Is AI the next dot-com era?

It wasn’t long ago that the idea of the Internet was foreign to most people. Today, just decades later, it is an integral part of everyday life and work.

Are we seeing the same thing with AI? According to many leaders, including Michael Walwarth, CEO of Yext, the answer is yes.

“I think where we are with AI is in the late ’90s phase in the internet when all you talked about was your internet strategy. You just look up ten years later; no one spoke about their internet strategy because everything had transformed and was at the center of everything you did.

We're at the phase now where we all talk about our AI strategy. We all talk about the importance of using it and embedding it in our products. In five years, we won't talk about AI because it will be assumed to be part of the environment. If you're not using it, then you're left in the dust.”

By the 2010s, after the dot-com era had settled and become the norm, nearly every business had a web presence. That’s where AI is headed, and we’ll likely soon see that almost every company has some kind of AI integration or use.

Just like companies had to evolve and adapt to the dot-com era, companies and leaders also need to grow in the age of AI. AI can disrupt and transform businesses, pushing their potential and growth opportunities to new heights.

How can leaders and businesses adjust and prepare for the rapid adoption of AI? It requires strategic thought in three key areas:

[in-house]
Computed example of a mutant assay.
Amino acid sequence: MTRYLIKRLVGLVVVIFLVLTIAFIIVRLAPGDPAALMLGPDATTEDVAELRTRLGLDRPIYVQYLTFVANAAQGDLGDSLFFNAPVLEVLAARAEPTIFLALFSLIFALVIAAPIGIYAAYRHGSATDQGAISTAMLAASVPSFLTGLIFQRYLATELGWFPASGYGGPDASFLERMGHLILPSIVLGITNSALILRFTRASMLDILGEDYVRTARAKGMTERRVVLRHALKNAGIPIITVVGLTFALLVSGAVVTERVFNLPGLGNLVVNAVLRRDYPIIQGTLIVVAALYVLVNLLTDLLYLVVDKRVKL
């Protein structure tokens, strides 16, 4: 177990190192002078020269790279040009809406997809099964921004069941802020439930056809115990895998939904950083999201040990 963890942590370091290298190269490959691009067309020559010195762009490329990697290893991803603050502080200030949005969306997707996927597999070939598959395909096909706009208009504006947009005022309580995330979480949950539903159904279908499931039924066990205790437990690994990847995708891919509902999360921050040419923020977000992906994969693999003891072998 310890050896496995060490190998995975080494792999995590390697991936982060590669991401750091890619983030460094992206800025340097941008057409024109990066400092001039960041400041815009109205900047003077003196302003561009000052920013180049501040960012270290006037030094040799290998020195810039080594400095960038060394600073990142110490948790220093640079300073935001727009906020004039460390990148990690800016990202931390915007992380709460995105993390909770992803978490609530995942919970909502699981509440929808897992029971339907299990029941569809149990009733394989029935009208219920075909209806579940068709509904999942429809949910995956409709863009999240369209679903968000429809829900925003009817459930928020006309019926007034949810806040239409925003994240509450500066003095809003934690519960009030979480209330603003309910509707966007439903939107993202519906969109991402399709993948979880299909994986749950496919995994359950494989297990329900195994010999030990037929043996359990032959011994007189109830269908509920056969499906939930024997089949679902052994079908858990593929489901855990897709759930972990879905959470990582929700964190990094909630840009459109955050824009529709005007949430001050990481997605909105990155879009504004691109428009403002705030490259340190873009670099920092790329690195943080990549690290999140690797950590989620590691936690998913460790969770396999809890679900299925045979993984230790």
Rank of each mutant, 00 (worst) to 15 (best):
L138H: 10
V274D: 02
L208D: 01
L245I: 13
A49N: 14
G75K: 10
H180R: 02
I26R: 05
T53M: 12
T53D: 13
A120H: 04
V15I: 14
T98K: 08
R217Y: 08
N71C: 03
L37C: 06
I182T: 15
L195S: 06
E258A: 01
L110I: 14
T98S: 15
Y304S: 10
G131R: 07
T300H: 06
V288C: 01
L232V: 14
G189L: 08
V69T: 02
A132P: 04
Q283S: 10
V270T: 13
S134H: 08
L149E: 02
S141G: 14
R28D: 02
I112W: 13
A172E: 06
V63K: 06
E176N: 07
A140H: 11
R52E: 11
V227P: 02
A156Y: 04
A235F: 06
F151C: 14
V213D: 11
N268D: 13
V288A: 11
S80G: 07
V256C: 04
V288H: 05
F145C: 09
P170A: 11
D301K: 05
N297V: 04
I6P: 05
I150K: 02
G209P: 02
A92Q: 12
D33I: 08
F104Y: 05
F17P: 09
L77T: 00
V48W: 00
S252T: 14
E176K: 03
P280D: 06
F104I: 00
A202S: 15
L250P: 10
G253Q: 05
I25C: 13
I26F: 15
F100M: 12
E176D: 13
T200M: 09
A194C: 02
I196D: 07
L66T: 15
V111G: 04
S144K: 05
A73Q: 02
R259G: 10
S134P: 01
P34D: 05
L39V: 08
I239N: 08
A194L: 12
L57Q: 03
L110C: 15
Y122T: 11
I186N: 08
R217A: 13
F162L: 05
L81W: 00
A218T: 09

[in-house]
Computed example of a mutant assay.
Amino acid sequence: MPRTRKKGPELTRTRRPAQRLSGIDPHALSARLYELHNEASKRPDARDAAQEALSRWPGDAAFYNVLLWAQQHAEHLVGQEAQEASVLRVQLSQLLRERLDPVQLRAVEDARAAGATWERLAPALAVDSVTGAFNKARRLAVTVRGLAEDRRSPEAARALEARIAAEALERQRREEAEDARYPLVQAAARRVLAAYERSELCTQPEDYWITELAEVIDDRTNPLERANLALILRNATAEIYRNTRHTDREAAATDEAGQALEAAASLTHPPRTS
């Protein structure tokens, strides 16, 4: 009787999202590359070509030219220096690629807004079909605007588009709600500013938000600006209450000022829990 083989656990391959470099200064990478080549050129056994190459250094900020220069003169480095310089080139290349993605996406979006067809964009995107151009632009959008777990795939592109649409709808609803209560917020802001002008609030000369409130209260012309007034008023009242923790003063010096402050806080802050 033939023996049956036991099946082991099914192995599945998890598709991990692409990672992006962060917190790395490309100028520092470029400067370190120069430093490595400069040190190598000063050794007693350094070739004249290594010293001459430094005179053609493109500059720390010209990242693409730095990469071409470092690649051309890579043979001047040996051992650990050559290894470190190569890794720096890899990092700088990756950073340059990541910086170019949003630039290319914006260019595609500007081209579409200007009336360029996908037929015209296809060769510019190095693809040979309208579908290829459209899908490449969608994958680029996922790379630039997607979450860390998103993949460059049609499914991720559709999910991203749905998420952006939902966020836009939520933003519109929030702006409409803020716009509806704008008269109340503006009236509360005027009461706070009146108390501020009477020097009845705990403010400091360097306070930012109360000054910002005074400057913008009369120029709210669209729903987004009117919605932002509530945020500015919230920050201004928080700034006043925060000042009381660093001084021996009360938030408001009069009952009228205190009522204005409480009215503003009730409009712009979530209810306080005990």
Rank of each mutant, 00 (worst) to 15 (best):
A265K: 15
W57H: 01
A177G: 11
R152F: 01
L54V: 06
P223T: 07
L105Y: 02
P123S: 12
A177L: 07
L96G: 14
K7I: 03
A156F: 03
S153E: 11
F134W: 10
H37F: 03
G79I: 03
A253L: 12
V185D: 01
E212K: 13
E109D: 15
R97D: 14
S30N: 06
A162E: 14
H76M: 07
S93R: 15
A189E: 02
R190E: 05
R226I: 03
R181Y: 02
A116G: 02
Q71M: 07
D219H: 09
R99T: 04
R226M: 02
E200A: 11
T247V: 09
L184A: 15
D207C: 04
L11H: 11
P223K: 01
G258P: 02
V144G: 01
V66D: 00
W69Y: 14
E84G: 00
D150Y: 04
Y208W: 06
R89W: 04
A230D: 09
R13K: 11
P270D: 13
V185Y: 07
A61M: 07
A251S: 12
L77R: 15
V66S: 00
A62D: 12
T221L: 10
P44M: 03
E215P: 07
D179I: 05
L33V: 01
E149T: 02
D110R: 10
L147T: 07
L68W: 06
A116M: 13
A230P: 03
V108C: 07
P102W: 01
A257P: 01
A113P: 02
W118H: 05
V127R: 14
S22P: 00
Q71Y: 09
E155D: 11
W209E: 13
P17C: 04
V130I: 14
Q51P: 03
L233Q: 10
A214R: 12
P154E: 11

• Ethics. AI is powerful, but it isn’t perfect. Examples of AI having bias or errors are common, such as the genuine possibility of fake news, publications, and images being released as accurate. By leveraging data, AI can also create privacy and data protection issues. Leaders must establish their code of conduct around AI, including rules about how and when AI and customer data will be used.
  • Applications. Part of the appeal of AI is that it can be used in many different scenarios, from logistics planning to manufacturing and content creation. But with so many opportunities, companies can quickly spread themselves too thin or try too many AI platforms simultaneously. Instead, leaders must be strategic about what will have the most significant impact on the company and its customers and start there. Just because AI can be used in nearly every aspect of your company doesn’t mean it has to be.
  • Employees. Even with the growth of AI, don’t forget about human employees, who are your biggest asset. Many employees fear AI taking their jobs, especially as companies turn to automation to cut costs and improve efficiency. Communicate transparently with employees about how your company plans to implement AI. Offer training or re-skilling so employees can focus on more human, creative tasks while AI leads repetitive tasks.

The future of AI is exciting. But just like in the ’90s with the dot-com era, it also comes with risks. By thinking strategically, leaders can help their companies lead the charge to a new age of technology.

Written by

Megan Snyder
Megan Snyder

Senior Editor | CEO.com

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